Eckert (69) gives an excellent theoretical discussion of

elemental detection in a static induction plasma. His

calculations predict a limit of detection for magnesium (279.6

nm line) of less than 10"15 g in a nonflowing argon-ICP. With

small modifications to the torch, the closed cell ICP may have






42

analytical usefulness. This analytical research would be

similar to work previously carried out with microwave

electrodeless discharge lamps.



Conclusion

The static plasma outlined in this note describes an atom

and molecule reservoir for spectroscopic studies (70). It is

also being pursued as an ion source for mass spectrometry

(70). No graphical data is presented to support the claim

that noise factors in the static plasma are improved over the

flowing system. We hope the reader follows the reasoning that

with the lack of turbulence induced by the gas flow, and no

nebulization system, many of the sources of noise inherent in

a flowing system are either reduced or eliminated in a static

plasma. The intensity variation as a function of time is at

least an order of magnitude improvement over the flowing

system under normal operating conditions.

With various adaptations to the cavity, the cell could be

used for a variety of emission, absorbance, and fluorescence

measurements, both analytical and physical in nature.

























Figure 5. Closed cell ICP torch design.








44





















---- TO1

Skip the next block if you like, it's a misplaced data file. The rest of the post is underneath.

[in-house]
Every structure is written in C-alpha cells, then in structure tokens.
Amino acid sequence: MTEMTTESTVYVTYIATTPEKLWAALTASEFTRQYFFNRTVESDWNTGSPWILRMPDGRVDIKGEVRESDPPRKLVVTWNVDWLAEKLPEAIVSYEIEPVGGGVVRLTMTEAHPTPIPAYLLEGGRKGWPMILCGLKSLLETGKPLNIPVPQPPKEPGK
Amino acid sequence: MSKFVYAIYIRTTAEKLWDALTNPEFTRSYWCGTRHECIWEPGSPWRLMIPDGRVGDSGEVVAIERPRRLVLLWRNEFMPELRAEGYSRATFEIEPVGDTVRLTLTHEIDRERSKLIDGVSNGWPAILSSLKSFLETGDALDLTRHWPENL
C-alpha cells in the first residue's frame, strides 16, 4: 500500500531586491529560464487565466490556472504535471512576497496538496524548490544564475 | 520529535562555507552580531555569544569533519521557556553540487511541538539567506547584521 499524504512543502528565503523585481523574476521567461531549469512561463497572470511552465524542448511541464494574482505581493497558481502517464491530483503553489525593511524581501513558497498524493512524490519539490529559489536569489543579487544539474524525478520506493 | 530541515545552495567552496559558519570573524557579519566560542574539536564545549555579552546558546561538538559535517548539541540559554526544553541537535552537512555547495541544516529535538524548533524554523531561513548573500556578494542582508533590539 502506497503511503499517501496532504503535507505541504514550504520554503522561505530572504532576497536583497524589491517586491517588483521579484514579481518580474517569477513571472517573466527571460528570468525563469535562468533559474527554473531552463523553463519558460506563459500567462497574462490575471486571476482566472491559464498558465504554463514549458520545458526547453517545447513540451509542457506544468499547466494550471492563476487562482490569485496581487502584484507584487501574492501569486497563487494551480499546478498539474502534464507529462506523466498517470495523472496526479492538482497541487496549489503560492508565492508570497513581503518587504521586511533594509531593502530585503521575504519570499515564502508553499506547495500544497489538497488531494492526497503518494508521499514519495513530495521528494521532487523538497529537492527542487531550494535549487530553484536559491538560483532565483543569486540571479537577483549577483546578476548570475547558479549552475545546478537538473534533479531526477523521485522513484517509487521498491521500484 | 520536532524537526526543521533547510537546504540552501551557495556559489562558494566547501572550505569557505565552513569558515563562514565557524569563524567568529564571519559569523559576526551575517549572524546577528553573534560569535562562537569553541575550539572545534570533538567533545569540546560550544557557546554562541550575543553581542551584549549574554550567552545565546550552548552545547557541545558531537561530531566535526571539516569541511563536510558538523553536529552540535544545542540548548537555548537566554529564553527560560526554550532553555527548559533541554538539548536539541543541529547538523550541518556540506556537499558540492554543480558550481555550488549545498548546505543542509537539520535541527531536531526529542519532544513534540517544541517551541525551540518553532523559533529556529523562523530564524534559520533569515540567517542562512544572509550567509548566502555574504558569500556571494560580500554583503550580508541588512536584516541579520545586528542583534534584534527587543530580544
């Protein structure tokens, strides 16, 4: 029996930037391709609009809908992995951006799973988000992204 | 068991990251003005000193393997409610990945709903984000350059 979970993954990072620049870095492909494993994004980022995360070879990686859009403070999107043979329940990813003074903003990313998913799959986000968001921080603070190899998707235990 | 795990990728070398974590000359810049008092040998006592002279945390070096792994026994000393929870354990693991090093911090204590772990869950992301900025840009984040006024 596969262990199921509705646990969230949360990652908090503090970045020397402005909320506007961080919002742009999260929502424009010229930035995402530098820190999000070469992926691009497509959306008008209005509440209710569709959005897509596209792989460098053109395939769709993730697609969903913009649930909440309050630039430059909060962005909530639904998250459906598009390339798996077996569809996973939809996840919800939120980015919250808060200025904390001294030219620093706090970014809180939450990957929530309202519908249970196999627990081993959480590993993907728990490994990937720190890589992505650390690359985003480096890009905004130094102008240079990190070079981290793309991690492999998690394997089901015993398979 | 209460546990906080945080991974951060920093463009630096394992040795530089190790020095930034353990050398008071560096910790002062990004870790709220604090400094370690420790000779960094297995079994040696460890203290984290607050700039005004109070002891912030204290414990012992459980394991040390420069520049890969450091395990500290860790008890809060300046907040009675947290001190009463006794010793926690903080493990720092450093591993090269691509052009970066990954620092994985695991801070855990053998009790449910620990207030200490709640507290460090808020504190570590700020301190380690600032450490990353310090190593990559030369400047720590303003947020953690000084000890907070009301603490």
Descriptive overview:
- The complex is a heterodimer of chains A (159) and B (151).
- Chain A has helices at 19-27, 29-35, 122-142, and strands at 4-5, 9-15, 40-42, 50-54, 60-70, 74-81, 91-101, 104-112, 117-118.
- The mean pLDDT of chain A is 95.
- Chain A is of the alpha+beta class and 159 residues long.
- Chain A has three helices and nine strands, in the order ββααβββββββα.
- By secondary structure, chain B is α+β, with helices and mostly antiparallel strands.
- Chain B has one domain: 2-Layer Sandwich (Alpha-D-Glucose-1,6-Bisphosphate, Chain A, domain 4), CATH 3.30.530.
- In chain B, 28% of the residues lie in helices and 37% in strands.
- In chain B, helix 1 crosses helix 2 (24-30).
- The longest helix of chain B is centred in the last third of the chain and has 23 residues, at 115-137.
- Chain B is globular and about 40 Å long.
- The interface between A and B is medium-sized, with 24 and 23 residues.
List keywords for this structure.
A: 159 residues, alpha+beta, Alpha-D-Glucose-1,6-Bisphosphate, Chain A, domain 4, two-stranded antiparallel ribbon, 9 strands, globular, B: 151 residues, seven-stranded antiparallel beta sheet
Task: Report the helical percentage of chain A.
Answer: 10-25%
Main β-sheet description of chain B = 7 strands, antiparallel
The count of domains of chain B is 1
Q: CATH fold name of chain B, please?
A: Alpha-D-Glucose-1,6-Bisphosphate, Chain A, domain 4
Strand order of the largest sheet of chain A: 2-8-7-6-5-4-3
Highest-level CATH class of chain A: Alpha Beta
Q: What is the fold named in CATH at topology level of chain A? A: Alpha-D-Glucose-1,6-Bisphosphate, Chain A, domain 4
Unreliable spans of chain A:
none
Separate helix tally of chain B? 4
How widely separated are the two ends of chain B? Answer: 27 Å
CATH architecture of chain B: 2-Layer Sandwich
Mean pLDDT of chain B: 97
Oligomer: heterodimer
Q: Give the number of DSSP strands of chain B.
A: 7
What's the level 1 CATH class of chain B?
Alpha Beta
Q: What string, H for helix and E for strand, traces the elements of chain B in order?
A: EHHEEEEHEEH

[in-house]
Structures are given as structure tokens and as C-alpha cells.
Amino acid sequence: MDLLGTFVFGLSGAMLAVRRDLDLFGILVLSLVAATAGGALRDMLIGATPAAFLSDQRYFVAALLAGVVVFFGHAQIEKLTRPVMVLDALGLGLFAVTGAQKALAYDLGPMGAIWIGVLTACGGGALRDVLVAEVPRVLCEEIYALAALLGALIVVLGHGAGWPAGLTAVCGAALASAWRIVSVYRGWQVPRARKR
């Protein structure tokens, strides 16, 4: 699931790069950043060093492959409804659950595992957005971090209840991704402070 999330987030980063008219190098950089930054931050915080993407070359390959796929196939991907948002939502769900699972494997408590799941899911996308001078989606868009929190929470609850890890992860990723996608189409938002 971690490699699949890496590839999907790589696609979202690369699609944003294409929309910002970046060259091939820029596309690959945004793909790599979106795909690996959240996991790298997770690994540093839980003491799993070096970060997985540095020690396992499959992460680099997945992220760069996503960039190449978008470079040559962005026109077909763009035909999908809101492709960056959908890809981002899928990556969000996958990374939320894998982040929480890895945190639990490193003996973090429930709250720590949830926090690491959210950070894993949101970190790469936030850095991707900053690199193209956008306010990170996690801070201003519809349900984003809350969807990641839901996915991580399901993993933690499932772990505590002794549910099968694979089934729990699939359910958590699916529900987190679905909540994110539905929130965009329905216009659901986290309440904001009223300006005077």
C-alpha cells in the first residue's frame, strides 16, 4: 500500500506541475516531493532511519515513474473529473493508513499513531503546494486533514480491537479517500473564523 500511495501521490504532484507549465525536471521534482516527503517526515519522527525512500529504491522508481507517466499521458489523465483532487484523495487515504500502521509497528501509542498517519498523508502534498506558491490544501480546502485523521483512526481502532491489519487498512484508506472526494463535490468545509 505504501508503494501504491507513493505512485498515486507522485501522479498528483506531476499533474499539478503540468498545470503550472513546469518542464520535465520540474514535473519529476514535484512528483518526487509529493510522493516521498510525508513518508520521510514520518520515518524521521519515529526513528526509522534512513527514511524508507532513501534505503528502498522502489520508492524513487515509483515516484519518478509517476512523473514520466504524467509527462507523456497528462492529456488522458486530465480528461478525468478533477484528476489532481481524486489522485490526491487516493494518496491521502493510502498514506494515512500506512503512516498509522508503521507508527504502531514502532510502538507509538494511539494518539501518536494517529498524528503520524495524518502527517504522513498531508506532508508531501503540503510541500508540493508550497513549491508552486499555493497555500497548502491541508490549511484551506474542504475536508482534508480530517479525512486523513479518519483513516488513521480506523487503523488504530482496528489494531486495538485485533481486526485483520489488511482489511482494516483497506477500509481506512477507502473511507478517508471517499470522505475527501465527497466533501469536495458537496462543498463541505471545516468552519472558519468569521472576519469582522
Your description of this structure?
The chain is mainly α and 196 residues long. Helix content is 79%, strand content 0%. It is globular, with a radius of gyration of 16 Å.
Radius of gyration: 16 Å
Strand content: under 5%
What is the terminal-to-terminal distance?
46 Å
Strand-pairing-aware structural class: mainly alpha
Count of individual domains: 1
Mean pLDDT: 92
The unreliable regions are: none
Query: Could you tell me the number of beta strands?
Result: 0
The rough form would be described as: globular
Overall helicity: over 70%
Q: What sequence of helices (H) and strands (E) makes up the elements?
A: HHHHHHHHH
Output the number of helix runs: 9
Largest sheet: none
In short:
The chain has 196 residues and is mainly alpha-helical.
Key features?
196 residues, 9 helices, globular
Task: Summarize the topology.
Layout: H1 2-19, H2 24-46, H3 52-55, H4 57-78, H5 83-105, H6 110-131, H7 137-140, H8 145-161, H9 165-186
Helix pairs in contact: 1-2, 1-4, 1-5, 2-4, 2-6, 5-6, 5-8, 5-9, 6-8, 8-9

1FTSt


S-- STOPCOCK~



























Figure 6. Line profile of Sodium-D (589.0 nm) in Xe-ICP.

































2e+009



l. e+009

C-

Z
5-
z



0
o


WAVENUMBER












CHAPTER 5
OBSERVATION OF LINE SHIFTS AND LINE PROFILES
IN AN INDUCTIVELY COUPLED ARGON PLASMA


Introduction

Line shifts in analytical inductively coupled plasma's

(ICP) are a fundamental parameter that has not been studied in

any great detail. This paper will give an introduction to

line shifts measured and trends observed. For more detailed

treatments of pressure effects, including line shifts, the

reader is directed to Thorn (60) (overview), Alkemade et al.

(71) (in flames), Griem (72), and Breene (73) and references

within. Reviews by Konjevic and Weise (74) and by Konjevic

and Roberts (75) give numerous references on Stark broadening

and line shifts from a variety of sources.

Line shifts are important for a variety of reasons.

Analytical determination of elements in a complex sample is

often plagued misidentification of the species being studied.

In physical spectroscopy, ICPs are being used for the

measurement of transition probabilities. Knowledge of line

shift values are important to properly measure energy levels,

transitions, etc.. Whaling and Brault (76) used an ICP in

conjunction with the Kitt Peak Fourier Transform Spectrometer

to measure the transition probabilities of 1200 Mo (I) lines;






48